Redemption for Bergeron, Marchand in Bruins win at Carolina

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Photo credit James Guillory-USA TODAY Sports

Great players redeem themselves when they mess up a play or have an off night.

That was never truer than in the Bruins’ 3-2 win at Carolina on Tuesday.

For the second straight game, Bruins center Patrice Bergeron was beaten more often than victorious in at the faceoff dots Tuesday. He went 12-for-30, including 6-for-19 against Jordan Staal. Both Hurricanes goals were the direct result of a Bergeron faceoff loss.

Left wing Brad Marchand took a silly slashing penalty away from the puck 4:55 into the second period, postponing the resurgence of the Bruins’ offense, which went more than 100 minutes over the course of three games without a goal against a goaltender.

But Bergeron and Marchand are two thirds of the best line in hockey – regardless of who their right wing is – because mistakes are just small bumps on the road to eventual redemption and spectacular plays.

By the time the Bruins were done securing their two standings points in Raleigh, Marchand had two goals and Bergeron had three assists.

The “Bergeron & Marchand Show” started late in the second period with the Bruins on the first of consecutive power plays. The Bruins allowed four shorthanded shots on net over the course of 60 minutes, but Bergeron denied Warren Foegele a shot attempt with a frenetic back check and stole the puck. Not one to rest on an amazing defensive play, Bergeron sent Marchand down the ice with a saucer pass to the far blue line and Marchand finished the play with a wrist shot from the left dot inside the far post to tie the score 2-2 with 18 seconds left in the period.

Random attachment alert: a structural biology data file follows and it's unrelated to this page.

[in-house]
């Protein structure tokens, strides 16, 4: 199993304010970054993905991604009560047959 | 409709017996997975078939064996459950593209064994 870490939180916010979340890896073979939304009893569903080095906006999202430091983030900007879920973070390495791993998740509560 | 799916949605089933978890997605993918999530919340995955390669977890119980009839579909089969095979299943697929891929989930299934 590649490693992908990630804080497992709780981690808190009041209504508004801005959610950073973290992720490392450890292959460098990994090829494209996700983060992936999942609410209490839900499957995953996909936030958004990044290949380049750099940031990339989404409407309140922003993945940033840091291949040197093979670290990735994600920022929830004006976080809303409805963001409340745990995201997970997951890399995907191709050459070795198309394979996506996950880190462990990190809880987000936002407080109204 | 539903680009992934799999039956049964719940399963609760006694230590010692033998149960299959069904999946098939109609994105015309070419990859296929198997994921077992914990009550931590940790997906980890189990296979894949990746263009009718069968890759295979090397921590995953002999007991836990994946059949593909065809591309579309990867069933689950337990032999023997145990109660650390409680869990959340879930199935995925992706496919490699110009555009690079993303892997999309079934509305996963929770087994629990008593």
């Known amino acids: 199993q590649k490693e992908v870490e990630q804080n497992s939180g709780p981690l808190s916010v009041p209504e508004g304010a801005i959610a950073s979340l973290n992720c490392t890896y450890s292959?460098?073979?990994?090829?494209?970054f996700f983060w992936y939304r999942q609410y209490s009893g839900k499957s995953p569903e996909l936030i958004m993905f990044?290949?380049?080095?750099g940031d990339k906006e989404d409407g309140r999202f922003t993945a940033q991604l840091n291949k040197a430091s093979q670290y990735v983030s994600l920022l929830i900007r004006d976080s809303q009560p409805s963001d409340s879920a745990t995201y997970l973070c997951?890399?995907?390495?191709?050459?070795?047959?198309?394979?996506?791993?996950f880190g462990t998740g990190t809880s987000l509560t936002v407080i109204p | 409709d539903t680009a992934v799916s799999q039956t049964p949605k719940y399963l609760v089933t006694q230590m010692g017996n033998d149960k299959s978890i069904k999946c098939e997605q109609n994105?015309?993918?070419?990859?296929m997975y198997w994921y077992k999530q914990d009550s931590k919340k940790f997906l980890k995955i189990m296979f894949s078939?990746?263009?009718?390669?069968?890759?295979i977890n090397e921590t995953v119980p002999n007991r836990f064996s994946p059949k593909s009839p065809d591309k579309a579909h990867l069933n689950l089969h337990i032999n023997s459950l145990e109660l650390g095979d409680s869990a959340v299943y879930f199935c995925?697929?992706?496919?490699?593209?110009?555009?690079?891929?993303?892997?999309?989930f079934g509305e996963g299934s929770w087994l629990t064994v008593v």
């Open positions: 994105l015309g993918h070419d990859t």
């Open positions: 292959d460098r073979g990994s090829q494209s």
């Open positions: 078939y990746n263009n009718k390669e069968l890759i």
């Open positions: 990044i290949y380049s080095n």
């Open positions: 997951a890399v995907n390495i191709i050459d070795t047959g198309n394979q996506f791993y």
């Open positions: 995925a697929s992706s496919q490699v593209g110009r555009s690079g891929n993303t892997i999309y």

That Bergeron pass is RIDICULOUS.

— NHL GIFs (@NHLGIFs) October 31, 2018

The game-winning goal was more of a one-man effort by Marchand, but required a subtle play by Bergeron to get off and running. Marchand lost a faceoff in the defensive zone after Bergeron was thrown out of the draw. But Bergeron took out his frustration with a strong forecheck along the wall and forced a giveaway that Marchand turned into an end-to-end wraparound goal that made Carolina backchecking forward Justin Williams look like a dolphin trying to get his fish from the trainer without doing his trick.

We can confirm. This is good. #NHLBruins@BMarch63 | #NHLBruins

— Boston Bruins (@NHLBruins) October 31, 2018

The Bruins have come to expect Bergeron and Marchand to carry them when they’re grasping for offense. What might not have been expected (and the reason for the above caveat about it not mattering who plays on their right wing), was that they did their best work without usual right wing David Pastrnak. For the first time this season coach Bruce Cassidy broke up the line of Marchand, Bergeron and Pastrnak for an extended amount of time. Cassidy made the “line toggle” (as he has taken to calling it) halfway through the second period, and it worked. Right off their first shift Pastrnak, David Krejci and Danton Heinen started building momentum and not long after Pastrnak scored a power-play goal that tied the score 1-1.

Jake DeBrusk found his skating legs and was effective as the first forechecker for Bergeron and Marchand, creating room for the dynamic duo to do their magic once the puck was turned over.

Against the team that went into Tuesday’s game leading the league in shots on net per game (41.5), the Bruins were outshot 44-31. Jaroslav Halak continued his half of the Bruins’ goaltender debate with 42 saves to increase his save percentage to .947. Zdeno Chara, Brandon Carlo and others chipped in with some timely defensive plays.

But Bergeron and Marchand did the most of bury the Bruins’ mistakes, including ones they individually made, and get Boston a bounce-back win three nights after their deflating defeat to Montreal.